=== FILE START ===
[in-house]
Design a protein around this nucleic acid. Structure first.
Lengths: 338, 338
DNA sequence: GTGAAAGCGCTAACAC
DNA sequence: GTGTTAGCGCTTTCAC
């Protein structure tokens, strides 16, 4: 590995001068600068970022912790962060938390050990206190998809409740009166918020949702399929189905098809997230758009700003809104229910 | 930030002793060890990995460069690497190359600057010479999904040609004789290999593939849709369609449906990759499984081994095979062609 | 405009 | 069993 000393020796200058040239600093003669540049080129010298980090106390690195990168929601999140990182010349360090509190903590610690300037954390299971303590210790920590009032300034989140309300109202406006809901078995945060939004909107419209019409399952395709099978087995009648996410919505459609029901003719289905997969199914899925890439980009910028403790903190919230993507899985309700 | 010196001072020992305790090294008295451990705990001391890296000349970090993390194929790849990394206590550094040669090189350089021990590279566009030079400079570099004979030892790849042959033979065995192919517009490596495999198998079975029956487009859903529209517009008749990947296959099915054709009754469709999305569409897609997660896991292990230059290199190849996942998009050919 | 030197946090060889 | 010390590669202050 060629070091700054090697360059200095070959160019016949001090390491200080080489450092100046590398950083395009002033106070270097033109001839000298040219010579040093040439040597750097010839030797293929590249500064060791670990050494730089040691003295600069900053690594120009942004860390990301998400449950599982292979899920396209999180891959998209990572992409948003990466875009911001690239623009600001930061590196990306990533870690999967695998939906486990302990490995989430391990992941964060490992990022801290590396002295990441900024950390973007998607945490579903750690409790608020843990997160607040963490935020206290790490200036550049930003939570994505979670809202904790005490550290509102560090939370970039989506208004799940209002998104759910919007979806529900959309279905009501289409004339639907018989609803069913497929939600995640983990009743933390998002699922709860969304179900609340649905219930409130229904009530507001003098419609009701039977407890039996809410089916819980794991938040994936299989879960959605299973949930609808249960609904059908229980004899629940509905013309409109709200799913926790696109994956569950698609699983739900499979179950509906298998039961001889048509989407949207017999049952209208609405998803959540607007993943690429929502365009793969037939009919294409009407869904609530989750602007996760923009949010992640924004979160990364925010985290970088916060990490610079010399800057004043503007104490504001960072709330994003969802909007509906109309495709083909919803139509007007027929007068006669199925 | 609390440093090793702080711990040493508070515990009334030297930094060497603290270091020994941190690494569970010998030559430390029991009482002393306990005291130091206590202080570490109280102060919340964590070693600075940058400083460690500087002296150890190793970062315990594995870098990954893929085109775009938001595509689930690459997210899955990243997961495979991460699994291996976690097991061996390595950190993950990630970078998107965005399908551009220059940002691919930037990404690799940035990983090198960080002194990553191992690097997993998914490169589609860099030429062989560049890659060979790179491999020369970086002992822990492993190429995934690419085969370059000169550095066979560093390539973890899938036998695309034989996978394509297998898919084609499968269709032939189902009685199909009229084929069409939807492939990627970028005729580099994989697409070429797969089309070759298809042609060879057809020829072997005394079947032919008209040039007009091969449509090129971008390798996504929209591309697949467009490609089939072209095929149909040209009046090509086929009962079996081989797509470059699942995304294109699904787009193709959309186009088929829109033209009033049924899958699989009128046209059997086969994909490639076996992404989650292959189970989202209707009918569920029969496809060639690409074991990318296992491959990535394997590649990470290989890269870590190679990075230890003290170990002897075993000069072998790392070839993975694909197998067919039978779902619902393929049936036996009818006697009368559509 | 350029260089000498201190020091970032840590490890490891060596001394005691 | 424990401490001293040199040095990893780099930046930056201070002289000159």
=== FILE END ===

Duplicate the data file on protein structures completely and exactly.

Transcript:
[in-house]
Design a protein around this nucleic acid. Structure first.
Lengths: 338, 338
DNA sequence: GTGAAAGCGCTAACAC
DNA sequence: GTGTTAGCGCTTTCAC
């Protein structure tokens, strides 16, 4: 590995001068600068970022912790962060938390050990206190998809409740009166918020949702399929189905098809997230758009700003809104229910 | 930030002793060890990995460069690497190359600057010479999904040609004789290999593939849709369609449906990759499984081994095979062609 | 405009 | 069993 000393020796200058040239600093003669540049080129010298980090106390690195990168929601999140990182010349360090509190903590610690300037954390299971303590210790920590009032300034989140309300109202406006809901078995945060939004909107419209019409399952395709099978087995009648996410919505459609029901003719289905997969199914899925890439980009910028403790903190919230993507899985309700 | 010196001072020992305790090294008295451990705990001391890296000349970090993390194929790849990394206590550094040669090189350089021990590279566009030079400079570099004979030892790849042959033979065995192919517009490596495999198998079975029956487009859903529209517009008749990947296959099915054709009754469709999305569409897609997660896991292990230059290199190849996942998009050919 | 030197946090060889 | 010390590669202050 060629070091700054090697360059200095070959160019016949001090390491200080080489450092100046590398950083395009002033106070270097033109001839000298040219010579040093040439040597750097010839030797293929590249500064060791670990050494730089040691003295600069900053690594120009942004860390990301998400449950599982292979899920396209999180891959998209990572992409948003990466875009911001690239623009600001930061590196990306990533870690999967695998939906486990302990490995989430391990992941964060490992990022801290590396002295990441900024950390973007998607945490579903750690409790608020843990997160607040963490935020206290790490200036550049930003939570994505979670809202904790005490550290509102560090939370970039989506208004799940209002998104759910919007979806529900959309279905009501289409004339639907018989609803069913497929939600995640983990009743933390998002699922709860969304179900609340649905219930409130229904009530507001003098419609009701039977407890039996809410089916819980794991938040994936299989879960959605299973949930609808249960609904059908229980004899629940509905013309409109709200799913926790696109994956569950698609699983739900499979179950509906298998039961001889048509989407949207017999049952209208609405998803959540607007993943690429929502365009793969037939009919294409009407869904609530989750602007996760923009949010992640924004979160990364925010985290970088916060990490610079010399800057004043503007104490504001960072709330994003969802909007509906109309495709083909919803139509007007027929007068006669199925 | 609390440093090793702080711990040493508070515990009334030297930094060497603290270091020994941190690494569970010998030559430390029991009482002393306990005291130091206590202080570490109280102060919340964590070693600075940058400083460690500087002296150890190793970062315990594995870098990954893929085109775009938001595509689930690459997210899955990243997961495979991460699994291996976690097991061996390595950190993950990630970078998107965005399908551009220059940002691919930037990404690799940035990983090198960080002194990553191992690097997993998914490169589609860099030429062989560049890659060979790179491999020369970086002992822990492993190429995934690419085969370059000169550095066979560093390539973890899938036998695309034989996978394509297998898919084609499968269709032939189902009685199909009229084929069409939807492939990627970028005729580099994989697409070429797969089309070759298809042609060879057809020829072997005394079947032919008209040039007009091969449509090129971008390798996504929209591309697949467009490609089939072209095929149909040209009046090509086929009962079996081989797509470059699942995304294109699904787009193709959309186009088929829109033209009033049924899958699989009128046209059997086969994909490639076996992404989650292959189970989202209707009918569920029969496809060639690409074991990318296992491959990535394997590649990470290989890269870590190679990075230890003290170990002897075993000069072998790392070839993975694909197998067919039978779902619902393929049936036996009818006697009368559509 | 350029260089000498201190020091970032840590490890490891060596001394005691 | 424990401490001293040199040095990893780099930046930056201070002289000159």